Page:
Face the Future
The other reality you have to accept is that your automation project will never be finished. The test library should have the same useful life as the application under test, and undergo as great—if not greater—rates of change, which implies enhancement, maintenance, and support.
What this means is that you have to plan for the transfer of knowledge in order to maintain continuity over the coming years. If you use contractors, pair them with employees. Never have a single point of failure. Always back your key resources up with at least one understudy. Insist on adherence to processes and demand documentation. Treat your test library as a valuable investment that is worth protecting and preserving.
What this doesn't mean is that you should not demand and get results along the way. But measure progress by automated test cases executed, not by lines of code. I recently spoke to a test manager who realized that it was taking three days to update the script library for each new version of the application, yet the number of test cases that were automated could be executed manually in only two days. By measuring lines of code it looked like work was getting done, but a look at executed cases showed that work was being wasted.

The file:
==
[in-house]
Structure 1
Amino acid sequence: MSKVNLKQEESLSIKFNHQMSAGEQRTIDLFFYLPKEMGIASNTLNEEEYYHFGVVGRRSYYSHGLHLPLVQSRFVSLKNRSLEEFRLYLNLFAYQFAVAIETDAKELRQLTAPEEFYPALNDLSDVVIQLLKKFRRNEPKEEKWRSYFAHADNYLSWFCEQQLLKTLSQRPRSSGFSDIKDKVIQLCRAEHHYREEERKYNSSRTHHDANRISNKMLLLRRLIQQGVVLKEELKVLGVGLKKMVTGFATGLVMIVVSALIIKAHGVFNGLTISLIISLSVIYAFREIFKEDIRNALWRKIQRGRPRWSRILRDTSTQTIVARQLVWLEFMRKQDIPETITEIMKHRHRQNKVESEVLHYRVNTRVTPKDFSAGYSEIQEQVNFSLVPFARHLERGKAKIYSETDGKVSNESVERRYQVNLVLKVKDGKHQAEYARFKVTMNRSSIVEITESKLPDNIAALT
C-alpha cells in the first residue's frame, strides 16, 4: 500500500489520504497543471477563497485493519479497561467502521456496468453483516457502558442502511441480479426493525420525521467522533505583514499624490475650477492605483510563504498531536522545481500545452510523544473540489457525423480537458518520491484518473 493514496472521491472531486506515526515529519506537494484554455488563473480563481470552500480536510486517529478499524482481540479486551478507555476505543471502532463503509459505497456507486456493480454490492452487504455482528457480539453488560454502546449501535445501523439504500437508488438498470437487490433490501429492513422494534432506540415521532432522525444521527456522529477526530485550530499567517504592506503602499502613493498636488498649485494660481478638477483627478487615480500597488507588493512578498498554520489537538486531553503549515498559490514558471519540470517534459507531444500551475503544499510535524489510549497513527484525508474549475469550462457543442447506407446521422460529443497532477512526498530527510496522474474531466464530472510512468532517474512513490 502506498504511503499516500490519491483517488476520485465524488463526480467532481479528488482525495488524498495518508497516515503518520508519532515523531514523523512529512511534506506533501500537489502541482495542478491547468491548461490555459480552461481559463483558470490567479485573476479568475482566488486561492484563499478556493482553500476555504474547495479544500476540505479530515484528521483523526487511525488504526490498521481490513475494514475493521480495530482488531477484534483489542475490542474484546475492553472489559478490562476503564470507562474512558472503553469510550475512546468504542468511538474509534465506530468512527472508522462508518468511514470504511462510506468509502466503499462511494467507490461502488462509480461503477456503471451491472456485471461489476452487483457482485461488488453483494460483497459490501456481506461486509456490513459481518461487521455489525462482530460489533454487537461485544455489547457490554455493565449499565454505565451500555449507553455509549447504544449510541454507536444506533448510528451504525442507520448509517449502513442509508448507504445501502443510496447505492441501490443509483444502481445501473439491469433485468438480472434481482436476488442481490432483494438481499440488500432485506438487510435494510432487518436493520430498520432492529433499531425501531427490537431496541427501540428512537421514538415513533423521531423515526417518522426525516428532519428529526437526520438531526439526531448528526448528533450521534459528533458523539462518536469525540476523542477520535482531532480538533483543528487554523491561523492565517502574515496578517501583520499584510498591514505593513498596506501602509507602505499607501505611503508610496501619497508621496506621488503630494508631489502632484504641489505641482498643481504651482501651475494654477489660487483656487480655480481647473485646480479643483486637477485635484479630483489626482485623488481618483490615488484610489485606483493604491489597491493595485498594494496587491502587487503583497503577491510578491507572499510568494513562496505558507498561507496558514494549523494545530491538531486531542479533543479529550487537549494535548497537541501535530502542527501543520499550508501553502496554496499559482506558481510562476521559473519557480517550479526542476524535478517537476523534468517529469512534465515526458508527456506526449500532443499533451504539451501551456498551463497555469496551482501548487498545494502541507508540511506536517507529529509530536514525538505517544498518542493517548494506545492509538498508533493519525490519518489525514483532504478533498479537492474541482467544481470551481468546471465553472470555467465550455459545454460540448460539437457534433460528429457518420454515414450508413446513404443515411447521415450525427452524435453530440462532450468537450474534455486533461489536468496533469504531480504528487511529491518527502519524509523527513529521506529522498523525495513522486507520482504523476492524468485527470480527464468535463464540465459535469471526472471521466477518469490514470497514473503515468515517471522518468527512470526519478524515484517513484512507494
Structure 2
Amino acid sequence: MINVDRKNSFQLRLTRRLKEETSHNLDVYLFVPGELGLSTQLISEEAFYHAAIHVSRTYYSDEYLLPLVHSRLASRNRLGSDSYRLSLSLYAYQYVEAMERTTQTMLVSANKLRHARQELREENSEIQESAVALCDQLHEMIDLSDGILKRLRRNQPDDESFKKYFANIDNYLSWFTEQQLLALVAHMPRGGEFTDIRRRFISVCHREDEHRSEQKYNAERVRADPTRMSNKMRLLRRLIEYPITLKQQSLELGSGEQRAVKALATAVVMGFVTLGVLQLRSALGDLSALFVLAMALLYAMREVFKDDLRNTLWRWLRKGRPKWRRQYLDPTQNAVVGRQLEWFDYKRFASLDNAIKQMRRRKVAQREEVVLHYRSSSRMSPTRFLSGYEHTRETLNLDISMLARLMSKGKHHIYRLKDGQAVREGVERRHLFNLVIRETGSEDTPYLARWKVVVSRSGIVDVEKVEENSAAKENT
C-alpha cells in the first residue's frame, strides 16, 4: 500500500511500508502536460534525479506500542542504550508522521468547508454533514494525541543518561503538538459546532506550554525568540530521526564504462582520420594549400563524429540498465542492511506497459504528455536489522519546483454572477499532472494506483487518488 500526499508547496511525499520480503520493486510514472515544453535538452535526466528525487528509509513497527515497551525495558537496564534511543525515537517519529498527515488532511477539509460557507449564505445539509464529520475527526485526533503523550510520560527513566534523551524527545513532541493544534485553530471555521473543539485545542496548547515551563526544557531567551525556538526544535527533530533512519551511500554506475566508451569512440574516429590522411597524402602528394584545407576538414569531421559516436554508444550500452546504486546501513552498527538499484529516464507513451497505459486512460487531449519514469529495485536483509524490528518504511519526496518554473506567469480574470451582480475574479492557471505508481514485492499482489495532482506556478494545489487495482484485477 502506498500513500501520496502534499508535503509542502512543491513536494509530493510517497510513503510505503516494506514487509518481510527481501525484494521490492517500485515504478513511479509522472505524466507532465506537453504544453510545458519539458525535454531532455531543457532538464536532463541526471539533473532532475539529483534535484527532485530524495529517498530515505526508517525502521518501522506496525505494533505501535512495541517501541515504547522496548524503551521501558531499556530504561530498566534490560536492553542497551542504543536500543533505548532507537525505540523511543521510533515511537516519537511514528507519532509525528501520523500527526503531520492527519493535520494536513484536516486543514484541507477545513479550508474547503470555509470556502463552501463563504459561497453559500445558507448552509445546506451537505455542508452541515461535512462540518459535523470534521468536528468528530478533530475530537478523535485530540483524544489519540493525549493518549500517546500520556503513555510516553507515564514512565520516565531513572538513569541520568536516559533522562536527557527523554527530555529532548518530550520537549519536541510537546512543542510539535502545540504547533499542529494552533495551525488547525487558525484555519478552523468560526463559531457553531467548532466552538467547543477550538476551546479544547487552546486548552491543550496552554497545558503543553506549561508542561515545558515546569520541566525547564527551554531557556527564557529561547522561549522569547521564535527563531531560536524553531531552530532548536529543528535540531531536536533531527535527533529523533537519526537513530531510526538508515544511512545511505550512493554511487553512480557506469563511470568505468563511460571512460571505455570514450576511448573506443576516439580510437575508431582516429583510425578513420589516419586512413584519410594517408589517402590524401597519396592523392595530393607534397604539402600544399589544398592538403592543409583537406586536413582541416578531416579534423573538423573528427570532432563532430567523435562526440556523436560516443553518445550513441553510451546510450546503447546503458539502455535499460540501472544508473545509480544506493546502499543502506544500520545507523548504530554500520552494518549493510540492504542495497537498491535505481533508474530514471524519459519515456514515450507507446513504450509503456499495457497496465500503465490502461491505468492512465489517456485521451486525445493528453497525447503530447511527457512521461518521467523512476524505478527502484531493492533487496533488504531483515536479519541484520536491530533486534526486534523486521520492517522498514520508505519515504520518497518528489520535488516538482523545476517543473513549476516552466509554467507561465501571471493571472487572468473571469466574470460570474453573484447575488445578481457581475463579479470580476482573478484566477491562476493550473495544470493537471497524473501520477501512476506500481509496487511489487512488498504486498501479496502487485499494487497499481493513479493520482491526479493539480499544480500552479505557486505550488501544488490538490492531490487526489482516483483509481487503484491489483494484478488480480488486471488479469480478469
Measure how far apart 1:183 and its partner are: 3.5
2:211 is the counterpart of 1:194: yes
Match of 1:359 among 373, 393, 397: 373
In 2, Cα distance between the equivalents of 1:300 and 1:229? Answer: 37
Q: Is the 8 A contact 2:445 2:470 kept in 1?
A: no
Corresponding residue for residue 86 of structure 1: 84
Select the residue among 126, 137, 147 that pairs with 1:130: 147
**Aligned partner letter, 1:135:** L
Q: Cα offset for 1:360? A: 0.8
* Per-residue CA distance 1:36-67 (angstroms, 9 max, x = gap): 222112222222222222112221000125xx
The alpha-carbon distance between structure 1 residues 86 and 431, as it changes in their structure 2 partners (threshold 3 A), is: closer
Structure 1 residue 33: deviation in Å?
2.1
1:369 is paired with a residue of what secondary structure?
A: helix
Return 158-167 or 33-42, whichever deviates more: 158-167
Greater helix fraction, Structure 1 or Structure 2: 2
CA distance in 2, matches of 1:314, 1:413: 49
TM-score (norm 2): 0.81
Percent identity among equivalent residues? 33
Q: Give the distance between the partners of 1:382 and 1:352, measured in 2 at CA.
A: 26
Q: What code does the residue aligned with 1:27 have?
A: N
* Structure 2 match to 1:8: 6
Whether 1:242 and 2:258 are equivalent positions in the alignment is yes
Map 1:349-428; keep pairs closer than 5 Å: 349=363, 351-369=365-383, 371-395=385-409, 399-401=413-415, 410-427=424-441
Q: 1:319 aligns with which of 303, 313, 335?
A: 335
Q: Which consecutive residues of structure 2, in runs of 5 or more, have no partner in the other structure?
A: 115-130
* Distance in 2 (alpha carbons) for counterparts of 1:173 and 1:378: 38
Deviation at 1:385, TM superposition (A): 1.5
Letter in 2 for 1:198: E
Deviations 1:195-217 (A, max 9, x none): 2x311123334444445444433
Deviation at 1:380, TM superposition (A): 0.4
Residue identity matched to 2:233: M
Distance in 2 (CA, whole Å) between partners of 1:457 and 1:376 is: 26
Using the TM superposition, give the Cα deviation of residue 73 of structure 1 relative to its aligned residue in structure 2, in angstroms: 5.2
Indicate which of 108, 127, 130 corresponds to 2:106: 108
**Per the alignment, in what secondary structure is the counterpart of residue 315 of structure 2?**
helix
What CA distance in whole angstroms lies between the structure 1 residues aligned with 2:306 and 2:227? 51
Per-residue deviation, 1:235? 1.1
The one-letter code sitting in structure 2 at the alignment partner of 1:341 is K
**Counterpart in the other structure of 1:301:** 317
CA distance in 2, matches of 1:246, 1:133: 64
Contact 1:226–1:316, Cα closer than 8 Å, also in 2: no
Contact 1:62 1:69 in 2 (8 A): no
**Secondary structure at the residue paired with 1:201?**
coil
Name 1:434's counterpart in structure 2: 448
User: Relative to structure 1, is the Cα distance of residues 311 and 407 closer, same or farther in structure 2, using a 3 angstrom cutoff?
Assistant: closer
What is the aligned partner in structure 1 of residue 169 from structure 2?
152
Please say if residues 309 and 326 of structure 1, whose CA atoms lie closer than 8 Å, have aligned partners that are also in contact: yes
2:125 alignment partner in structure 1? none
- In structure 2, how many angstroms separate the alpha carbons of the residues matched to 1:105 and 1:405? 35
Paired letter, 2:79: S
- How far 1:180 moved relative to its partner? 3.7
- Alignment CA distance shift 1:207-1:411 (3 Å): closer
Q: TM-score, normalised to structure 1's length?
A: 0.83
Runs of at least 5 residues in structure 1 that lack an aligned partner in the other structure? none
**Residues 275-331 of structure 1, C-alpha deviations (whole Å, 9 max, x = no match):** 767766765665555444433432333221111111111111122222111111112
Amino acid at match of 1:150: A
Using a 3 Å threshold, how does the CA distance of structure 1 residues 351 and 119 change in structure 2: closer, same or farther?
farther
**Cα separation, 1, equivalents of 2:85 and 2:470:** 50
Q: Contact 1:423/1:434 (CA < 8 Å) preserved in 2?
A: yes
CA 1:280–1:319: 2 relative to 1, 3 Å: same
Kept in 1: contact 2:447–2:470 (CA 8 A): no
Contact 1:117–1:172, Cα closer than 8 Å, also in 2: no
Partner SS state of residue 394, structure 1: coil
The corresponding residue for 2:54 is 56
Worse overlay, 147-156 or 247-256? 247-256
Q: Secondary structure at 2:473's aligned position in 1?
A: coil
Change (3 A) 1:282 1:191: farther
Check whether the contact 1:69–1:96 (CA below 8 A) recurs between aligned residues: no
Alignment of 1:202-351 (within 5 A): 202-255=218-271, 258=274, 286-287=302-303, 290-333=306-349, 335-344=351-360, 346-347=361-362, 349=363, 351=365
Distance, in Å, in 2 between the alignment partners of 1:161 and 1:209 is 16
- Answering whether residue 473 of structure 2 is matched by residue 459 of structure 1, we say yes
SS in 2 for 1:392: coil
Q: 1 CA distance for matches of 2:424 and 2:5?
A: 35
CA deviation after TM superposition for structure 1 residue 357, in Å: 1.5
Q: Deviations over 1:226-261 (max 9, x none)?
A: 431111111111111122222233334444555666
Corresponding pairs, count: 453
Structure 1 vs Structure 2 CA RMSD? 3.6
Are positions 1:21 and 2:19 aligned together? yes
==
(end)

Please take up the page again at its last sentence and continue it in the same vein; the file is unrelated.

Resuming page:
Keep Your Vision
Always remember that automation is only a means to the real end. The goal is not to write the coolest test automation framework ever, or to experiment with new tools and techniques, or to endlessly tweak and refine scripts. The goal is to increase test coverage through improved productivity, thus reducing the risk and cost of failure.
Keep that vision, and maybe you can exorcise the ghosts of scripts past.